Crisp, white card, cut in a rectangle the size of a matchbook. Debossed in shining green ink, the words "Henry Lamperouge" are printed landscape, symmetrically centered. The handwriting is a flowing cursive, such that the name imprinted seems to be written of one long ribbon of green.
Faintly debossed on the bottommost edge are 7 symbols, although exactly which 7 symbols vary from card to card. At most one symbol of seven may be from The Correspondence. Similarly, at most one other may be Clathermontian. Perhaps also there may be symbols from alchemy, goetia, hieroglyphics, tarot decks, card suits, mahjong, etcetera. At least one has received a card with an apple, and another with a chess piece.
When asked, Mr Lamperouge refuses all questions regarding this eclectic practice, and to date shows almost no discernible pattern as to how he assigns the symbols.
Lastly, inscribed neatly upon the back of the card is a return address, in the same green flowing ink. No embossing shows through from the other side.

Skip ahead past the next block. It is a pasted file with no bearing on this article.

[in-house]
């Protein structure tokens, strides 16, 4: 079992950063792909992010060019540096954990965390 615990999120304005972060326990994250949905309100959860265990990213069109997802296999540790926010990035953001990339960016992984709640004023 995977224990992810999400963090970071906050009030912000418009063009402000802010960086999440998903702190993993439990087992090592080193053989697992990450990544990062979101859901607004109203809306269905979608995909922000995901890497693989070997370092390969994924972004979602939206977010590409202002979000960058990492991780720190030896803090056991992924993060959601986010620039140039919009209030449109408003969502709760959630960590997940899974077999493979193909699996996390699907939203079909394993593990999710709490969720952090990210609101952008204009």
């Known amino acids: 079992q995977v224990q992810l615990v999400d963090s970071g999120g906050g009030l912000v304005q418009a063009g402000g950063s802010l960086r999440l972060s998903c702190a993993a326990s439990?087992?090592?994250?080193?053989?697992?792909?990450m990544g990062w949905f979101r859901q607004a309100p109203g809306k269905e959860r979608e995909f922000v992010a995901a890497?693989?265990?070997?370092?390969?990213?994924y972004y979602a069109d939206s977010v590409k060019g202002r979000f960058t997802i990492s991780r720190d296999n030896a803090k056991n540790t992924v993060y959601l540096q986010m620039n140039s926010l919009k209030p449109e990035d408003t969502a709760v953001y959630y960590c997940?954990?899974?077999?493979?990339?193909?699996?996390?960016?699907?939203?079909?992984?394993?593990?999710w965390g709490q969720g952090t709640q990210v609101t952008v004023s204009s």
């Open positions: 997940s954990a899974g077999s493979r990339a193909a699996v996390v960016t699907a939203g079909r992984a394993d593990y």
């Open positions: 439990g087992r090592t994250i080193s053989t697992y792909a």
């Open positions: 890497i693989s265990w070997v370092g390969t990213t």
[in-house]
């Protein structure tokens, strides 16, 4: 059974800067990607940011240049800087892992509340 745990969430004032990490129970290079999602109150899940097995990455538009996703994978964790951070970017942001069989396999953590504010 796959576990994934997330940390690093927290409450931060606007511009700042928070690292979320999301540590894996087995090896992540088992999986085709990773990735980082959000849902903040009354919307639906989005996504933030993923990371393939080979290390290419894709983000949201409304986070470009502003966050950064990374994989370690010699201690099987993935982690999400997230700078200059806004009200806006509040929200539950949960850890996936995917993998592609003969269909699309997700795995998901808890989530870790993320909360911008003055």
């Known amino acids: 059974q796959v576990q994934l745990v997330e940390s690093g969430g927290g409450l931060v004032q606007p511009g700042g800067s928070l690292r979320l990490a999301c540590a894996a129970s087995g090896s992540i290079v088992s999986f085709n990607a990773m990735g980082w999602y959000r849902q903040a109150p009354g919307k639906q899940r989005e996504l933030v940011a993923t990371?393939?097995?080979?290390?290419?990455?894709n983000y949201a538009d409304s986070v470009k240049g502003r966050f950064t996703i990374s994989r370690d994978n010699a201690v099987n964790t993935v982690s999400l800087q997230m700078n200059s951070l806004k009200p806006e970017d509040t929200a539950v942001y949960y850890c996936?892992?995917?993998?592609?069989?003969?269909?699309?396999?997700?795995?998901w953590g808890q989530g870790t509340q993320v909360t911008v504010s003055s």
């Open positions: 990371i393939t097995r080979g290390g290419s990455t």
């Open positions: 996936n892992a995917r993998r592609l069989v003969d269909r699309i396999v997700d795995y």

Regardless of what one attempts to do with the card, short of drenching it; the ink never smudges or runs, and remains shining as though fresh from the quill. Similarly, short of sanding the card down, the debossing never fades, or wears away. The card is utterly opaque when held to light, thin though it is. Mr Lamperouge has never disclosed the particular shade of green he uses in his ink, but all attempts to replicate it have proven fruitless. Mr Lamperouge’s calling card is flammable, and reportedly has the scent of lavender. Cards disposed of this way are not replaced. Scorching or staining the calling card is also possible, with concerted effort.
Modern chemical analysis has reportedly revealed no anomalous properties in the calling card’s composition. If there exists any specific interaction with irrigo light, no-one has been prudent enough to write it down.